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Back off the campaign trail.
Observations from the Edge
Robert T. Nanninga
North County Times
November 12, 2002
Coming back from a political hiatus, it's hard to decide where to direct my commentary. As a journalist one wants to be both timely and informative, so bringing up things that recently transpired would contribute little to the ongoing conversation. As a writer, I strive to entertain, which would rule out abrasive finger pointing so early in my return. So instead, this column will be a generic call for civility.
Having gone through another election cycle as a candidate, I have learned a great deal about how easily rhetoric gets in the way of communicating. This lesson did not come without several blows to the ego, a healthy dose of reality, and a few revelations where I found myself at the wrong end of an activist blood letting. In other words I got healthy dose of what I have been known to dish out. Talk about epiphanies.
It is now clear to me the one thing standing in the way of environmental sustainability, are environmentalists. It's not that the environmentalist community is wrong in their attempts to promote the quality of life issues such as clean air, clean water, and sustainable communities, where we go wrong is damning others not in complete agreement with us. I say this as someone familiar with both sides of the equation.
The motto for the environmental group Earth First! is very compelling. "No compromise in defense of Mother Earth" is commendable, but better suited to chaining oneself to a tree, rather than working where consensus is needed. This, however, is not to say a person should compromise their ideals or integrity. The mistake most often made, is not understanding being right doesn't make the other person wrong. In fact if common ground were actually sought, so much more would be done in pursuit of environmental sustainability.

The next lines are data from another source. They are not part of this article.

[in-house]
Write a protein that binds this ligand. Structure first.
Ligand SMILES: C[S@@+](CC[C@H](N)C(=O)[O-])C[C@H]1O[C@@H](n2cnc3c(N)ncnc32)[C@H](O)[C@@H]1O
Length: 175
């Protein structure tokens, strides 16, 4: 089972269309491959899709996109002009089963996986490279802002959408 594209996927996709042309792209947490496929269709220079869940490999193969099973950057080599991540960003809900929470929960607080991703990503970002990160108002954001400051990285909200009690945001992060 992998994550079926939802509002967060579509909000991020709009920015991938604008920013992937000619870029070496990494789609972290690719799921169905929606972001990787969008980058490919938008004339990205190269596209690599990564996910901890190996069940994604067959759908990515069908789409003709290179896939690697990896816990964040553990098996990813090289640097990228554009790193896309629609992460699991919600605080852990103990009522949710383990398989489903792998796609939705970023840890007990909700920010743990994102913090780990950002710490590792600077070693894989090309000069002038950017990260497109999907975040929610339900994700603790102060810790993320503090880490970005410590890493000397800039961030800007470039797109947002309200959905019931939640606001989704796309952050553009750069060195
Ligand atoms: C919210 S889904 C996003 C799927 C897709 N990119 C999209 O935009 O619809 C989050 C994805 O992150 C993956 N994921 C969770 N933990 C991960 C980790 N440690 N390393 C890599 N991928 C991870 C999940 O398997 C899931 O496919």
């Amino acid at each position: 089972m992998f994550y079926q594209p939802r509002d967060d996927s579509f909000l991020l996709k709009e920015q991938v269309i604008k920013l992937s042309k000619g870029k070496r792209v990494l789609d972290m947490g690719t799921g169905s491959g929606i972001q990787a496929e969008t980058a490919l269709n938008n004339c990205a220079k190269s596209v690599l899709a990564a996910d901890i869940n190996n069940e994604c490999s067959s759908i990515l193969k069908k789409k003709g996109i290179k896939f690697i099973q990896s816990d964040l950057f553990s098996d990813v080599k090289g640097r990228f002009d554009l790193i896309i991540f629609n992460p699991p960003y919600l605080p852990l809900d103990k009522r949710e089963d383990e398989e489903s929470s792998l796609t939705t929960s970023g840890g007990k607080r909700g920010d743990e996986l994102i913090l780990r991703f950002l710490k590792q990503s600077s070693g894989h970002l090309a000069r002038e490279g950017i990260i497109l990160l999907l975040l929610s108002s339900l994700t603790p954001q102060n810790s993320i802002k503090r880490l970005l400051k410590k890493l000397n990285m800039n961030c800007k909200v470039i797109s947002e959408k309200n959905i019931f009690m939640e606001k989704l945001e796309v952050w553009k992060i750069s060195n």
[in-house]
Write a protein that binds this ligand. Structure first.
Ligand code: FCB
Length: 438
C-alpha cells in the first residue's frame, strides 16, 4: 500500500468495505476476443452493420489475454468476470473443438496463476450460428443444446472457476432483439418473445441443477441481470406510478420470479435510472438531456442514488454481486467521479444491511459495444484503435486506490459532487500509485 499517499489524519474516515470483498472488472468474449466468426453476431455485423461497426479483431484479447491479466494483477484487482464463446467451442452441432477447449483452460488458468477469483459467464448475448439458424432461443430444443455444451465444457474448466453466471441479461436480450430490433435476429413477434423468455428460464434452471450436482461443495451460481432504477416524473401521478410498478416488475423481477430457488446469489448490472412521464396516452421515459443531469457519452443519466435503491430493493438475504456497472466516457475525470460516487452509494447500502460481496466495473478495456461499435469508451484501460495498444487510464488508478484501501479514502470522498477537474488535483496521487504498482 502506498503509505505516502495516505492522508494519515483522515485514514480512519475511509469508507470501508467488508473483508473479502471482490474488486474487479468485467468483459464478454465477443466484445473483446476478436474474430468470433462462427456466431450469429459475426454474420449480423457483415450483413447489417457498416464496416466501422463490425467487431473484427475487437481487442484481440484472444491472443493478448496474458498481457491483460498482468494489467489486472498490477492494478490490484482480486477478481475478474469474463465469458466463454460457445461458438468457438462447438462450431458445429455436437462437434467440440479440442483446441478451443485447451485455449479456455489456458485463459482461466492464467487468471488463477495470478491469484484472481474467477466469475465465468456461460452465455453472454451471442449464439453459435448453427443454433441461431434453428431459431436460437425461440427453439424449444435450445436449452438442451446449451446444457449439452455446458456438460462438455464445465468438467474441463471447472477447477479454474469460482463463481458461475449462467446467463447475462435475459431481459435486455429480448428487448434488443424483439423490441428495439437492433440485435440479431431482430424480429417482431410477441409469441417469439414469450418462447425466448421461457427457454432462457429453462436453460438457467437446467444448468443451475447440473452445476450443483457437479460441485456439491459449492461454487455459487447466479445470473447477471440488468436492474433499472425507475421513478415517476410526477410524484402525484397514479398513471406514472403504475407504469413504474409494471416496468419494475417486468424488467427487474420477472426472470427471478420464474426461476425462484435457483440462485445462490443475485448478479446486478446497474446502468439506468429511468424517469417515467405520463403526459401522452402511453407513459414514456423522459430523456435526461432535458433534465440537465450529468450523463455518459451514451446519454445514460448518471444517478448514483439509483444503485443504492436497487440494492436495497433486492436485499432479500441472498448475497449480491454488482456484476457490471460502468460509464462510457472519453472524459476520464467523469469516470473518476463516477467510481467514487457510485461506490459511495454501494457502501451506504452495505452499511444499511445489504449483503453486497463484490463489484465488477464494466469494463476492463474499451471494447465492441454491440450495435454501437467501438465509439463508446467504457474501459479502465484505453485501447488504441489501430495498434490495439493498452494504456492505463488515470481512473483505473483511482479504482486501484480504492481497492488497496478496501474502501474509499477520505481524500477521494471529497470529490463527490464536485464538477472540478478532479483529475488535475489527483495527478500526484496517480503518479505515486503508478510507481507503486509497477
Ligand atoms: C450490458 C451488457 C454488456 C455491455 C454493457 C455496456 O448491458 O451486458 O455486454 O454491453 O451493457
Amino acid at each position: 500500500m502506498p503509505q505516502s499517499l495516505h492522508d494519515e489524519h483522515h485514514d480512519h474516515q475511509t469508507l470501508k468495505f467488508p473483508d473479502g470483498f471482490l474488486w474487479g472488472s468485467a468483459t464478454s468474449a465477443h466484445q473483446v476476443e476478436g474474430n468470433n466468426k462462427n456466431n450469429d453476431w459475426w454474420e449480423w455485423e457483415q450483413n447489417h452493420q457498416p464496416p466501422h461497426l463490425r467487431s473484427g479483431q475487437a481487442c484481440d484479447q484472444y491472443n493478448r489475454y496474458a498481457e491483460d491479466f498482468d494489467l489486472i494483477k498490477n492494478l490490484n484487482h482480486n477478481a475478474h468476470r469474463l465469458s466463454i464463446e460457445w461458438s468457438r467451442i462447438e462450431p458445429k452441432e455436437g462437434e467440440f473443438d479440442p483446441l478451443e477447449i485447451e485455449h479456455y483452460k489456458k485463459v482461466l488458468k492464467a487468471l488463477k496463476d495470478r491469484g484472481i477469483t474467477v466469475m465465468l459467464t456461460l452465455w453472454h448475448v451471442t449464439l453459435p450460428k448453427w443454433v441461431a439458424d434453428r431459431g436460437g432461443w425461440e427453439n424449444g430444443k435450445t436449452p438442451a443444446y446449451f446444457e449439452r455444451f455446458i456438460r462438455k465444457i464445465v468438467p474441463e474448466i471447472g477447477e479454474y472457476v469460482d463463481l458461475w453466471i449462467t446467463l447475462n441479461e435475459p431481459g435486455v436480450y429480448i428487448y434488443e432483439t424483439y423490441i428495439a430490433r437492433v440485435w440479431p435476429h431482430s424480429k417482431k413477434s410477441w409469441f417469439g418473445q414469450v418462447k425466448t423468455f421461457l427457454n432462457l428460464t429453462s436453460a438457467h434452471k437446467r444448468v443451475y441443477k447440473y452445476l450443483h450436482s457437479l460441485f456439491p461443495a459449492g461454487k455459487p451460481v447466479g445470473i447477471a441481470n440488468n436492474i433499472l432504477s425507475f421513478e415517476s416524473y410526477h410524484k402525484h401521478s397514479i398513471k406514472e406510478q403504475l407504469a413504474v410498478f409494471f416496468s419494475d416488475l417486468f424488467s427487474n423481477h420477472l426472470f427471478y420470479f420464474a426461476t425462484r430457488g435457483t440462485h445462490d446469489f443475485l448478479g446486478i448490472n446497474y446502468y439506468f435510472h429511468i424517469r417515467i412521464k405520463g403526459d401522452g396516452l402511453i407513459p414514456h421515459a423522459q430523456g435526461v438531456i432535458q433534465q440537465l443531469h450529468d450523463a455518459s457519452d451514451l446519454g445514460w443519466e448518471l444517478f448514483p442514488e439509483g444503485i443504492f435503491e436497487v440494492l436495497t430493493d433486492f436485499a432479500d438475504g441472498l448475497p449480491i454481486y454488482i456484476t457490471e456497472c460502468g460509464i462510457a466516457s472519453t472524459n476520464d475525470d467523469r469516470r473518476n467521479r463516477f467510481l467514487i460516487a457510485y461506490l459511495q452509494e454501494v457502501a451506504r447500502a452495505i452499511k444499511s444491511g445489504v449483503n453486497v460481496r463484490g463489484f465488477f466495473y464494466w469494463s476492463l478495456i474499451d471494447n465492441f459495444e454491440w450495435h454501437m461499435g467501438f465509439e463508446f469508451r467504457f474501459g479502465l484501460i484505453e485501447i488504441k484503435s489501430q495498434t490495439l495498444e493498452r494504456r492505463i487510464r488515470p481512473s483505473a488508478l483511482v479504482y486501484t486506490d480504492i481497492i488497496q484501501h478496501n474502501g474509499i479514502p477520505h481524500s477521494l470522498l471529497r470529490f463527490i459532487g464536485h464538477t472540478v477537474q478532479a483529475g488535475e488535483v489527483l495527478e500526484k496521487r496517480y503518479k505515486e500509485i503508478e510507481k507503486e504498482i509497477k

Common ground is a powerful place to operate, yet so many of us avoid it like a Mariah Carey film. It may have took me a while, but I have come to the conclusion that people driving sport utility vehicles don't do so out of contempt for the planet. After taking the time to listen to SUV owners I was heartened by the number of people saying they drove these large vehicles for lack of alternatives. To a person, they all said that if given the choice they would prefer to drive non-polluting vehicles that were both large and affordable.
Also included in this assessment is the fact that those who place themselves on the left of the political spectrum, must learn to accept each other's contributions to the ongoing dialogue. Just as we need to allow for people to work outside the system, we must allow environmentalists to work within the system as well. Environmentalists willing to work with developers should be commended, as should the development interests willing to ask for environmental guidance. Such a relationship can only produce beneficial results.
No longer needing to attack others for their choices, a world of possibilities opens to those willing to enter into a dialogue, both future focused and respectful of a diversity of priorities. Sure things are bad and getting worse, but that is still no reason to make adversaries of those in the position to help remedy the situation. Making someone wrong is the easy way out. Making something right requires patience, and a whole lot of compromise from all involved parties.